A collaboration of coast and countryside organisations on The Lizard Peninsula

Swallow

Swallow (https://richardbirchettphotography.co.uk)Swallows are always an uplifting sight in the spring and throughout the summer.
Photo: © Richard Birchett

Teal

Eurasian Teal (photo: Dougy Wright)In the colder months, watch out for overwintering Teal on pools and marshes around The Lizard. Windmill Farm is a good place to look.
Photo: Dougy Wright

Turnstone

Turnstone © Natural England/Allan DrewittThe UK hosts an important overwintering population of Turnstones. Watch out for them on rockier shores round the Lizard coastline.
Photo: © Natural England/Allan Drewitt

Wheatear


Wheatear at Kynance Cove (https://richardbirchettphotography.co.uk)Wheatears are summer visitors to Britain, and in July you can often spot juveniles born in the same year, as well as the striking adults. 
Photo: © Richard Birchett

Whimbrel

Whimbrels may be spotted at Lizard Point on migration in the spring and later summer into autumn.
Photo: © Natural England/Allan Drewitt

Whitethroat

Whitethroat © Natural England/Allan DrewittOne of our summer visitors, you can spot Whitethroats into early autumn as they pass by on their way to Africa for the winter.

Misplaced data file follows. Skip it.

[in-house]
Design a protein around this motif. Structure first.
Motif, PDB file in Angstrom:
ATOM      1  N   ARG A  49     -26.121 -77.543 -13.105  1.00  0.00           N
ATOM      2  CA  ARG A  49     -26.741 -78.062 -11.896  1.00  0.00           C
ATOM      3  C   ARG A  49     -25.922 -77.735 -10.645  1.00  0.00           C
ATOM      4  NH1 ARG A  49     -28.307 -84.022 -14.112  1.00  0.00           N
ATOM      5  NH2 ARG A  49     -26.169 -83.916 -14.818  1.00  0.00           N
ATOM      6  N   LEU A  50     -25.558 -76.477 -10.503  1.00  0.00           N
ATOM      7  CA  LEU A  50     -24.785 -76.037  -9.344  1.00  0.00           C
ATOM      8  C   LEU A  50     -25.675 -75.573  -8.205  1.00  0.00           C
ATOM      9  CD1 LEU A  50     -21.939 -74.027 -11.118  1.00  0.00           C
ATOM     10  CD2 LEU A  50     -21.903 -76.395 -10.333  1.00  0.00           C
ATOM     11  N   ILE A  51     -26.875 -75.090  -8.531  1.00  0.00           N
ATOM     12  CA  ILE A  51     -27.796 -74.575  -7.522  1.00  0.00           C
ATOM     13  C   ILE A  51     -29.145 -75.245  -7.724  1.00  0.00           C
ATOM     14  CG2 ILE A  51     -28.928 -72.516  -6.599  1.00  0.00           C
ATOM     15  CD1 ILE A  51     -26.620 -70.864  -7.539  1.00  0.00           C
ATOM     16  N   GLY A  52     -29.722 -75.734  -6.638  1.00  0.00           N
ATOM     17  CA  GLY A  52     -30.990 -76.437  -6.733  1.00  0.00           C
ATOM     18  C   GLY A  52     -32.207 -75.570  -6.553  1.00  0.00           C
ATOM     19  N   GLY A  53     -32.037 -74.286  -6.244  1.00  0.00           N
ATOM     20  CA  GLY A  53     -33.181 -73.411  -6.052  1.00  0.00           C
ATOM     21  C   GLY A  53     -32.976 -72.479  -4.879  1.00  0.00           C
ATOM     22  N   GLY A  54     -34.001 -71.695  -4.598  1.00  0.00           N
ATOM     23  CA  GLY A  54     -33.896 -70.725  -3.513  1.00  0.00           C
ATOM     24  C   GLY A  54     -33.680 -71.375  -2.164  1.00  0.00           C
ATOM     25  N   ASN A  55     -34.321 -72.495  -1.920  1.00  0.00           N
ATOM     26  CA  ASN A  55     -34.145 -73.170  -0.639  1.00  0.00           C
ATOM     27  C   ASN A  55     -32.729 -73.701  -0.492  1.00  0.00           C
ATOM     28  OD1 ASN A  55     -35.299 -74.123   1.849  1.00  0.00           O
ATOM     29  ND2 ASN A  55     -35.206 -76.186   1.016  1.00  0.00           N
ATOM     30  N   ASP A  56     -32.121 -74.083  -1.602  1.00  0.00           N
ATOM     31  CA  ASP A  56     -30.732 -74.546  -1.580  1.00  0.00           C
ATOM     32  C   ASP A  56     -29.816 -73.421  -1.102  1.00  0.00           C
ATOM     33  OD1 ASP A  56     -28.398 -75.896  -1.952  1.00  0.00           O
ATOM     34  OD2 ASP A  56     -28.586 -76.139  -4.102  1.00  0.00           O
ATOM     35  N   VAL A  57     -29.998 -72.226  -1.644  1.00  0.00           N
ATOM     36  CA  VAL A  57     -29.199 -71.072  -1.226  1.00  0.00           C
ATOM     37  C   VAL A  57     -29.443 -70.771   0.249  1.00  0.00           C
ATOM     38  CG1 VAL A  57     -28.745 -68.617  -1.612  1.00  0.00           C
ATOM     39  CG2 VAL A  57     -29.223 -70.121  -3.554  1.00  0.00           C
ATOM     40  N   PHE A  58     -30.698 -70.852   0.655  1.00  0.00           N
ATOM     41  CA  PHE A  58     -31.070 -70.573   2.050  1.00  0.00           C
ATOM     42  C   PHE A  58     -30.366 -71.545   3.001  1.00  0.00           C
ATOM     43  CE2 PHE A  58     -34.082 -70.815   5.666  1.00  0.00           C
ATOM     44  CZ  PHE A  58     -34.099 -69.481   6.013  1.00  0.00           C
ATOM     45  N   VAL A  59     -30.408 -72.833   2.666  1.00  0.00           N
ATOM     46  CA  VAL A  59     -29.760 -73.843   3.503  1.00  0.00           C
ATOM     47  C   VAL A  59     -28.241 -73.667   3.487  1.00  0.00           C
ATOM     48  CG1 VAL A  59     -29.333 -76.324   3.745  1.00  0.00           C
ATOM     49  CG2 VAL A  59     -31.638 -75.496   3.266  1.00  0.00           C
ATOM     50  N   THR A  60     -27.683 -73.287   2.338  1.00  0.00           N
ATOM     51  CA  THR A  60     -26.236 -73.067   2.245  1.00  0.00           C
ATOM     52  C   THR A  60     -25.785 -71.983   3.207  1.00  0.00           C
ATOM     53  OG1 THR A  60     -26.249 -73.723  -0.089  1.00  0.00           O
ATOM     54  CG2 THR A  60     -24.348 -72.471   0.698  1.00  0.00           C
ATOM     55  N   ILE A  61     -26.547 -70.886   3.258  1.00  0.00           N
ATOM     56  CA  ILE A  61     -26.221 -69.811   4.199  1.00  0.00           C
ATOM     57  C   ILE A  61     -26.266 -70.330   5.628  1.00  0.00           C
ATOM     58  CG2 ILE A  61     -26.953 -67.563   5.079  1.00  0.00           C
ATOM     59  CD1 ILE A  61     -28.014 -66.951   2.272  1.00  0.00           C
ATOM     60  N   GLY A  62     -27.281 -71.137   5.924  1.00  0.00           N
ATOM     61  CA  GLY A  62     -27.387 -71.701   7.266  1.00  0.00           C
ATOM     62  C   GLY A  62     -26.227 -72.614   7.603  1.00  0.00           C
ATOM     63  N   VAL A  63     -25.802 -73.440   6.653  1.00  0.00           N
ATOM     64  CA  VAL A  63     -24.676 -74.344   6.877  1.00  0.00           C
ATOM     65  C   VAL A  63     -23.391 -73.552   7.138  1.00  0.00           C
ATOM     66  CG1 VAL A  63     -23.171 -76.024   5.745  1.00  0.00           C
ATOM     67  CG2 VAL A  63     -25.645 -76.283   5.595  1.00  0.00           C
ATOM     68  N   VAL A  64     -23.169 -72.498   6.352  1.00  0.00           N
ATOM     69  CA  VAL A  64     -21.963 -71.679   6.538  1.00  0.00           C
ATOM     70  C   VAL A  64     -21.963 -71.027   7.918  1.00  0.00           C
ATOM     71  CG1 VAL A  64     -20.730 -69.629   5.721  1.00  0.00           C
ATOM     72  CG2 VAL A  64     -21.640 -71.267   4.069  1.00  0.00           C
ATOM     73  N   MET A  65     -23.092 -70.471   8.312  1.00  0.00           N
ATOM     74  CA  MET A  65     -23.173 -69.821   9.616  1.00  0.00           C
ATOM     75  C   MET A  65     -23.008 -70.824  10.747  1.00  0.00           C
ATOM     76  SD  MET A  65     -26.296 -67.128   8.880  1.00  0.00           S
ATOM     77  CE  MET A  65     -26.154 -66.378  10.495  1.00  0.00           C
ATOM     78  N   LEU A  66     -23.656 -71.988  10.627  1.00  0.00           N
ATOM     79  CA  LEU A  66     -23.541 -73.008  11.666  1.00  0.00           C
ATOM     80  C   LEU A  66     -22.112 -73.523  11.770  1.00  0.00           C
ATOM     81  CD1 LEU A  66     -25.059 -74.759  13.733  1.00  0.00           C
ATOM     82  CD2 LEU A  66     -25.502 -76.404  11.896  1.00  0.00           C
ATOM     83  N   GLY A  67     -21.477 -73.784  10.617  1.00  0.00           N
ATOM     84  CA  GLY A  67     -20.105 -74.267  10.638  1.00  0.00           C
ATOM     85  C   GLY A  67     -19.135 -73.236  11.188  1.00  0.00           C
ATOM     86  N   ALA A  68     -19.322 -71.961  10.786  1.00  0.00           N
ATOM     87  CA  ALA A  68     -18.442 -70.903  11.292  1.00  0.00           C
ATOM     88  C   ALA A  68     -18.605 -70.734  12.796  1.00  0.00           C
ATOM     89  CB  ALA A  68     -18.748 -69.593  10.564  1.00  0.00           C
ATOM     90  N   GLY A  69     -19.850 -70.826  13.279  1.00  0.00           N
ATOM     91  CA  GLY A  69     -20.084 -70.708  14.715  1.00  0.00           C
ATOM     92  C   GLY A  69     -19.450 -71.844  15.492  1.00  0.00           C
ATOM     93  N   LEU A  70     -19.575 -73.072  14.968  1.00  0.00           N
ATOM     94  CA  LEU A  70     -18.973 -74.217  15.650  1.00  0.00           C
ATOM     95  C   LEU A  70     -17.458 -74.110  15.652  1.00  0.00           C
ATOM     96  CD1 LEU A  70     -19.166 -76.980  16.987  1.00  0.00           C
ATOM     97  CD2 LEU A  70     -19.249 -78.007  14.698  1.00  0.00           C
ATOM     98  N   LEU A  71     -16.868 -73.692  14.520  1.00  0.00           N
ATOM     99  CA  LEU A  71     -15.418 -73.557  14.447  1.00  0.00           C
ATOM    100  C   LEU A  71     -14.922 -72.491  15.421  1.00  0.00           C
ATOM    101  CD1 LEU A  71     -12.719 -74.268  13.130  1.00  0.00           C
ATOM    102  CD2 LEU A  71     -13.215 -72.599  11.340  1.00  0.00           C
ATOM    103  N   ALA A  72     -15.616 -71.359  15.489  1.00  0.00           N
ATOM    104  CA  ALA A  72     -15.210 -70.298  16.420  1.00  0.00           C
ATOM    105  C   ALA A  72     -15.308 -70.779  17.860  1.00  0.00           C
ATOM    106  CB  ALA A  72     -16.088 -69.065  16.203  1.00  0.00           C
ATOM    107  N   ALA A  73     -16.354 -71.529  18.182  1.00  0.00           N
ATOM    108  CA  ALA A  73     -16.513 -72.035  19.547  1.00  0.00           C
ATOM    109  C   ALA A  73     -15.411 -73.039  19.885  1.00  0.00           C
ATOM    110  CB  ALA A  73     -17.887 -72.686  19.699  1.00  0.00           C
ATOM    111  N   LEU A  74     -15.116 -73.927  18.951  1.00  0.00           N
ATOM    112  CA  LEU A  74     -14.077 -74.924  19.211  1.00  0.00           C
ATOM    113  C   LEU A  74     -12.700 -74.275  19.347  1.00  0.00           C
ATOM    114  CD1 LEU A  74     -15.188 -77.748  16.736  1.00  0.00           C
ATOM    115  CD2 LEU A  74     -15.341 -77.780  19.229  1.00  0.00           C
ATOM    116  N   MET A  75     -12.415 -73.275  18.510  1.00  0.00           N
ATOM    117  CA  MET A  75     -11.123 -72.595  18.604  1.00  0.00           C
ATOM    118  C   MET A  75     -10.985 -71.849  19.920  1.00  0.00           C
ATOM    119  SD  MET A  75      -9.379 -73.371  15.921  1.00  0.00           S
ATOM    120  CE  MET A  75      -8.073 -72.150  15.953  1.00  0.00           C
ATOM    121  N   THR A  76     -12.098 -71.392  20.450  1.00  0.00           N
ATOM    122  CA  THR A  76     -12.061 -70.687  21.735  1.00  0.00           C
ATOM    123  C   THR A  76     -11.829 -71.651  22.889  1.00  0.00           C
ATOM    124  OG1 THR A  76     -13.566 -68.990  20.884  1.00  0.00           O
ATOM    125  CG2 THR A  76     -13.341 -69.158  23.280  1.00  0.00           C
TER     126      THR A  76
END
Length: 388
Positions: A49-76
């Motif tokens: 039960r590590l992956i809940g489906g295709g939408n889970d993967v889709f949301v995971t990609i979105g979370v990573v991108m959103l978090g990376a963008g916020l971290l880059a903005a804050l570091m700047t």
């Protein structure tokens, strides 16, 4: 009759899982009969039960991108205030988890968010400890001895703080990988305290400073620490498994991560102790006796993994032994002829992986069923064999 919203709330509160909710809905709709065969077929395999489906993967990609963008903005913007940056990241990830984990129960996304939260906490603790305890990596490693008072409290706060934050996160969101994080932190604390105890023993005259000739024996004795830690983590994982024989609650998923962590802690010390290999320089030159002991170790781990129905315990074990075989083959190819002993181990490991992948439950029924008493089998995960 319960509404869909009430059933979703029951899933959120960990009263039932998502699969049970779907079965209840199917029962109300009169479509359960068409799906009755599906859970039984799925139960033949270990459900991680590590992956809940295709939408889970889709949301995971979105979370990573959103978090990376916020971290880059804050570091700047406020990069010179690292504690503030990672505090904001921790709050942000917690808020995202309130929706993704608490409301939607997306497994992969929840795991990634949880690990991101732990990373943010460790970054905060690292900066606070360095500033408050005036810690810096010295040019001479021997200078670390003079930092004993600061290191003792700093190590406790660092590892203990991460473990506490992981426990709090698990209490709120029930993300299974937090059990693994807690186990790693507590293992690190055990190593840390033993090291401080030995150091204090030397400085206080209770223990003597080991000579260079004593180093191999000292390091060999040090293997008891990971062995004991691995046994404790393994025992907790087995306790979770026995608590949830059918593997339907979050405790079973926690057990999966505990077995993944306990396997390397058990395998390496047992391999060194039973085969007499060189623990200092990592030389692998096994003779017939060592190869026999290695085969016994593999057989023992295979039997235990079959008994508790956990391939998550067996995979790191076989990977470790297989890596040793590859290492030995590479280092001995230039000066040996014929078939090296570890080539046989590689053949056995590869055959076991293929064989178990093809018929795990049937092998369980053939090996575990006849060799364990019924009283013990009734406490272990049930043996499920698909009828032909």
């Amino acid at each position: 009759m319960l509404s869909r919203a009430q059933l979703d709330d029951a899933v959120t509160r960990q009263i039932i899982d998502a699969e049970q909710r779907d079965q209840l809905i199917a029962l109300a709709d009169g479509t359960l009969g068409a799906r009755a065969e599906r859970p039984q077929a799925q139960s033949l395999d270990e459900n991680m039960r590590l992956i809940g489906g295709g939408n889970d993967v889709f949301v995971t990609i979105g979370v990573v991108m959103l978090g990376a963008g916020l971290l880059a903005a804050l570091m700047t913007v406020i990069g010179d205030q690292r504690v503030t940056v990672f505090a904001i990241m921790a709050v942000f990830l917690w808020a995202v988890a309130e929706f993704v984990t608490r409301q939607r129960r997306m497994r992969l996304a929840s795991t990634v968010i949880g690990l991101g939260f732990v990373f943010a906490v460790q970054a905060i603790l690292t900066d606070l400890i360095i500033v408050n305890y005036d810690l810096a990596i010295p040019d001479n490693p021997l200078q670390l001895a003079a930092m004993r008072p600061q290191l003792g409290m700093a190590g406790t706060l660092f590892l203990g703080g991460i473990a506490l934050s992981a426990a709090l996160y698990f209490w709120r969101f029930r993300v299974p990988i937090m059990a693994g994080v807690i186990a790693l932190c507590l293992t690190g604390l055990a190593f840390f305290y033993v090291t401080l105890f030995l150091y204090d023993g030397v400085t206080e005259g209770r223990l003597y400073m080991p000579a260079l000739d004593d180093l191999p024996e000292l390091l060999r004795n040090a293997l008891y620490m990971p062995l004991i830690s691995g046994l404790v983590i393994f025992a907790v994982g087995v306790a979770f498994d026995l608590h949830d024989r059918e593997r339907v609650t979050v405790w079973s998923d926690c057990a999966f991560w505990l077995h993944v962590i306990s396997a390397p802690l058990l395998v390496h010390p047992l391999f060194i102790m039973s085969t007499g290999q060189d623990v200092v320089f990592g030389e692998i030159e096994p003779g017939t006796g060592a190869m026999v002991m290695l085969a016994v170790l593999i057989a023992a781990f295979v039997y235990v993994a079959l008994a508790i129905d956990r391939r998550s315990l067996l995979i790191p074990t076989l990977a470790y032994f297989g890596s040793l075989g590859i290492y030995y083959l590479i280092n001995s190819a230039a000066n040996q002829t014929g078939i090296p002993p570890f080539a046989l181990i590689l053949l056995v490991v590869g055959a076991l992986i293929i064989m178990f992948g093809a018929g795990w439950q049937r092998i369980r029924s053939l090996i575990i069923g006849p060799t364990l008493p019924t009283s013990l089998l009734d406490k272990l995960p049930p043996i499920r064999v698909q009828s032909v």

Photo: © Natural England/Allan Drewitt

Whooper Swan

Whooper SwanOverwintering and migrating Whooper Swans can be spotted on The Lizard's inland pools in autumn and winter.
Photo: Steve Townsend

Woodchat Shrike

Woodchat Shrike, Cornwall, The Lizard, the-lizard.orgThe Woodchat Shrike is a lovely species from further south that is an occasional vagrant to our shores.
Photo: Dougy Wright

Woodpigeon

Woodpigeon © Natural England/Allan DrewittOne of our more common bird species, the Woodpigeon is a familiar bird of woods, parks and gardens.
Photo: © Natural England/Allan Drewitt

Wren

Wren © Natural England/Allan DrewittThe Wren is the most common breeding bird in Britain. 
Photo: © Natural England/Allan Drewitt